Nearly 200 people are living in tents at the homeless encampment at Hiawatha and Franklin Avenues, according to the first in-depth survey of the camp's residents. The survey was commissioned by the Red Lake Nation.
Over the course of seven days two surveyors went tent-by-tent to gather demographic and medical data about residents of the encampment. They also asked residents to describe the services they need.
Surveyors were able to reach 191 people living in 103 tents at the encampment at the time of the survey ending on October 1. Since the survey was completed, five more tents have gone up. The survey found 73 percent of the occupants are adults, aged 18-54. Eighteen percent are minors and eight percent are 55 or older. There are slightly more women than men.
Red Lake is currently providing on-site medical care through a partnership with the Native American Community Clinic and Livio Health Group. Sam Strong, the tribal secretary for the Red Lake Nation, says they were able to complete the survey because of the trust they've built with people at the encampment.
"The tribe took an aggressive approach. We saw people dying, and we wanted to serve their health care needs at the site," Strong said. "We're going into the site, we're gathering people's data [and] we're coming up with solutions for their medical problems... so we're acting as a navigator for our people."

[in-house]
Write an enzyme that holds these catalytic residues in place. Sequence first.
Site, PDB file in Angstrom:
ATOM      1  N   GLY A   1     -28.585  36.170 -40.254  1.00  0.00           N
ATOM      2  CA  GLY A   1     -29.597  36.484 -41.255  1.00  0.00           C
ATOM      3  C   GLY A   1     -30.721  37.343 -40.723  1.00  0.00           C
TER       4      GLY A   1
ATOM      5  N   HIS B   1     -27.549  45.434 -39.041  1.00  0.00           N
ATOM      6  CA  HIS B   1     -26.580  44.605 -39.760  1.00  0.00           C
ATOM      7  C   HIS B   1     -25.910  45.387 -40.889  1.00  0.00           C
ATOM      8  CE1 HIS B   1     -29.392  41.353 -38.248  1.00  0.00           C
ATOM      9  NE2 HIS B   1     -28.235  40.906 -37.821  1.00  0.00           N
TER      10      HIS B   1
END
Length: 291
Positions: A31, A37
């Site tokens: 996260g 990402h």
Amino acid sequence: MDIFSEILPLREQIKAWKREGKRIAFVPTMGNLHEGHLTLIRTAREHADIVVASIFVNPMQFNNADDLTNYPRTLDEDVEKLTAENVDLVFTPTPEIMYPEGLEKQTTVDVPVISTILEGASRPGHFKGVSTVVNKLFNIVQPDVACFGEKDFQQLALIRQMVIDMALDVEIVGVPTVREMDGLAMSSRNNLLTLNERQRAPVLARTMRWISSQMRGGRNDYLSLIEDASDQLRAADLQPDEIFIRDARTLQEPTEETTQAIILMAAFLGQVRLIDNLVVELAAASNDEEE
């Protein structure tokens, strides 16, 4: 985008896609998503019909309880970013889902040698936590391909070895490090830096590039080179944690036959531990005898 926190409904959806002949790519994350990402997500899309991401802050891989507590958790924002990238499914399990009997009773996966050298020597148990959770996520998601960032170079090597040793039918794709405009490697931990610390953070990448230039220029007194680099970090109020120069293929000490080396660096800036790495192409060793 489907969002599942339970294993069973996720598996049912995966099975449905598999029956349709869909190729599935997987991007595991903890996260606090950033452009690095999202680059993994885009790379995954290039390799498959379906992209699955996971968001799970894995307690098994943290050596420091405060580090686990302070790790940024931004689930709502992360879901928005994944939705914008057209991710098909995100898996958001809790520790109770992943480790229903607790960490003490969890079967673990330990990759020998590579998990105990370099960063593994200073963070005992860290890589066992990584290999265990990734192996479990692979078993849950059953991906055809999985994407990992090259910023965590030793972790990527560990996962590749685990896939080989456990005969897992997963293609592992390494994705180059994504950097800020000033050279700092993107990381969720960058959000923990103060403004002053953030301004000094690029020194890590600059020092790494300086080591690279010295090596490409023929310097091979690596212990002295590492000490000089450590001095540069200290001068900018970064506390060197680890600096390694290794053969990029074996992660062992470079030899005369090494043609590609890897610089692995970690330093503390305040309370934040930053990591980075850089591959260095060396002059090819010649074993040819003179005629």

Around 80 percent of respondents at the encampment said they are Native American. The largest number of people said they were enrolled Red Lake members or descendants followed by Leech Lake, White Earth, Standing Rock and Mille Lacs.
Half of the occupants said they would like to move into their own apartments; 20 percent said they would like to find a sober living environment; 17 percent said they would like to enter inpatient treatment. Surveyors also asked about temporary shelter preference. The vast majority of respondents said they would prefer a Native-American specific shelter.
Red Lake is withholding survey data it gathered related to medical information to protect the privacy of residents, but said many are struggling with addiction, mental health issues and other chronic health conditions.
The data was analyzed by the city of Minneapolis and will be used by various government and non-profit agencies to plan their short and long-term response efforts.
"We have a better sense of the types of services they would like to see, whether that is chemical dependency services or whether they need family housing," said Minneapolis city coordinator Nuria Rivera-Vendermyde. "The county is now thinking about how to match whatever they have at their disposal, the state is looking at the non-profits they may fund as well as to partner with the tribe and MUID (Metropolitan Urban Indian Directors) to figure out how do we match what we have now with people at the encampment."
The tribe is also working with the city of Minneapolis to build a so-called "navigation center," or temporary shelter, on land owned by Red Lake near the encampment. Surveyors did not ask everyone if they would move to the navigation center, but among the people they did ask, everyone said the would be willing to relocate.
Red Lake plans to continue to provide medical care to people while they, and other government and non-profit groups, work on finding people permanent housing or treatment. They hope to have the shelter ready by early December.
Correction (Oct. 5, 2018): A previous version of this story reported an incorrect demographic statistic of people living in the encampment.
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